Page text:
These lightly spiced biscuits are speckled with small chunks of candied peel and have a slightly citrus taste. They’re originally from Cornwall – a ‘fairing’ was anything given out at a fair – biscuit, goldfish, trinket or anything else.
Thin, chewy cookies with crunchy M&Ms melted inside. I also added some heart sprinkles since were on the run up to Valentines day.
Bite sized puff pastry tarts filled with baked custard. These are similar to Portuguese egg custard tarts, but sometimes the Portuguese version has more spices and a Brulee topping. This Hong Kong (Macau) variant has a plainer, more custardy flavour which soaks into the crust during baking making it soft. The custard is quick and easy to make – just mix all of the uncooked ingredients together and bake. Any leftover custard can be baked in a ramekin.
White chocolate cookies with raspberry cheesecake inside?! Sounds crazy but it actually works. Put your hesitations aside when you bake these – they look messy before baking but the oven forgivesall and they come out speckled with gooey cheesecake filling.
Chocolate, cherries and almonds in one neat package. Perfect for Valentines day and easy to down a couple without thinking. There are a couple of recipes for a glaze below, use one or the other (or half and half), but don’t try to use both on the same donut.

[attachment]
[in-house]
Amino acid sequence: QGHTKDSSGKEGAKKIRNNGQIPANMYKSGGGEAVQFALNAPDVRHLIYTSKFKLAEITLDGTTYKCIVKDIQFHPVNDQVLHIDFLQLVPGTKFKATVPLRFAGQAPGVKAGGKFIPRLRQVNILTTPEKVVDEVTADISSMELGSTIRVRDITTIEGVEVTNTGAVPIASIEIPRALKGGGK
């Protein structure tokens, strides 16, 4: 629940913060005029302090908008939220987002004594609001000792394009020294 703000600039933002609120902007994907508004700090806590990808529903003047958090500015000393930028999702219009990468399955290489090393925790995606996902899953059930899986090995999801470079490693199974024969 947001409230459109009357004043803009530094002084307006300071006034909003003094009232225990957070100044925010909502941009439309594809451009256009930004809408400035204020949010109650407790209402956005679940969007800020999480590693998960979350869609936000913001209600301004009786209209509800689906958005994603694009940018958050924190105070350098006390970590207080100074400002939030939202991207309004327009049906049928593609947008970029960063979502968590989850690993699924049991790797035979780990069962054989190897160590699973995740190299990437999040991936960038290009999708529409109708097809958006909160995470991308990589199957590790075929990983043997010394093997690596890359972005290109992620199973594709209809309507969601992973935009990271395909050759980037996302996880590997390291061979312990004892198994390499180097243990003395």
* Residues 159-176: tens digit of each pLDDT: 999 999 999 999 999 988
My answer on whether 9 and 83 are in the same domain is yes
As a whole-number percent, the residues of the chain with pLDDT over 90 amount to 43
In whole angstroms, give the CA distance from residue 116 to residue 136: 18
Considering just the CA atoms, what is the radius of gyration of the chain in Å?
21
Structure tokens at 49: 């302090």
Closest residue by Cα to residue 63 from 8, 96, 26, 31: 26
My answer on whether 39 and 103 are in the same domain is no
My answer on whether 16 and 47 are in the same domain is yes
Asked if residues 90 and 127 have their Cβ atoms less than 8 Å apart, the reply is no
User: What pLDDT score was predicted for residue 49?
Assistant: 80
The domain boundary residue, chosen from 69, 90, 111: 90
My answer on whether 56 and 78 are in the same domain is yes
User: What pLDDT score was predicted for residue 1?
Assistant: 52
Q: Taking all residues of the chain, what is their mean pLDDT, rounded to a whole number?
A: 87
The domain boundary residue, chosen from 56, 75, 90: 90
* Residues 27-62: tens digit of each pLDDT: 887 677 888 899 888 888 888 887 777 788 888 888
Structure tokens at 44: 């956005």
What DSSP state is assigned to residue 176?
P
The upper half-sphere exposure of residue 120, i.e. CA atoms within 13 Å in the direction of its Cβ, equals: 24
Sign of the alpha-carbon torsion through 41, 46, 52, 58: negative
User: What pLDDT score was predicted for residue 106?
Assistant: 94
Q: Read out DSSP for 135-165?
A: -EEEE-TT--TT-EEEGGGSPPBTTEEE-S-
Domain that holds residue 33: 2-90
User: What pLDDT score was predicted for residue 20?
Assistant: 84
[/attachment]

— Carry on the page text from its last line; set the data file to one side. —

Chocolate cookies with while chocolate chips. These were baked from room temperature so they were big, flat and chewy. If you prefer them thicker and crunchy, chill the dough after rolling into balls.
Nothing says “you’ve got no Valentine” like a heart shaped cherry pie which bleeds cherry juice when you bite into it. I doubled this recipe for the pictures and made half with pastry flour and half with whole wheat flour. There’s about 1 tablespoon of cherry filling in each heart shaped pie.
Frangipane and raspberry jam filled tarts with hearts on top for Valentines Day. These are quick to make and look great.
Red velvet cake is red due to (in addition to red food colouring) a chemical reaction between buttermilk, vinegar and cocoa. If there’s no vinegar in the recipe it’s not real red velvet, just vanilla sponge cake with food colouring. These are the genuine version and have a white chocolate cream cheese frosting. They have a slight red tinge, but the cocoa powder makes them closer to deep brown than bright red.
Scotland has some well known desserts, but choice is fairly limited. Anything with oats or whisky is usually associated with Scotland, as are deep fried mars bars and Scotland’s version of the Eton Mess. Unlike most truffles, these are cream free. They’re held together with dried apricots and coconut oil.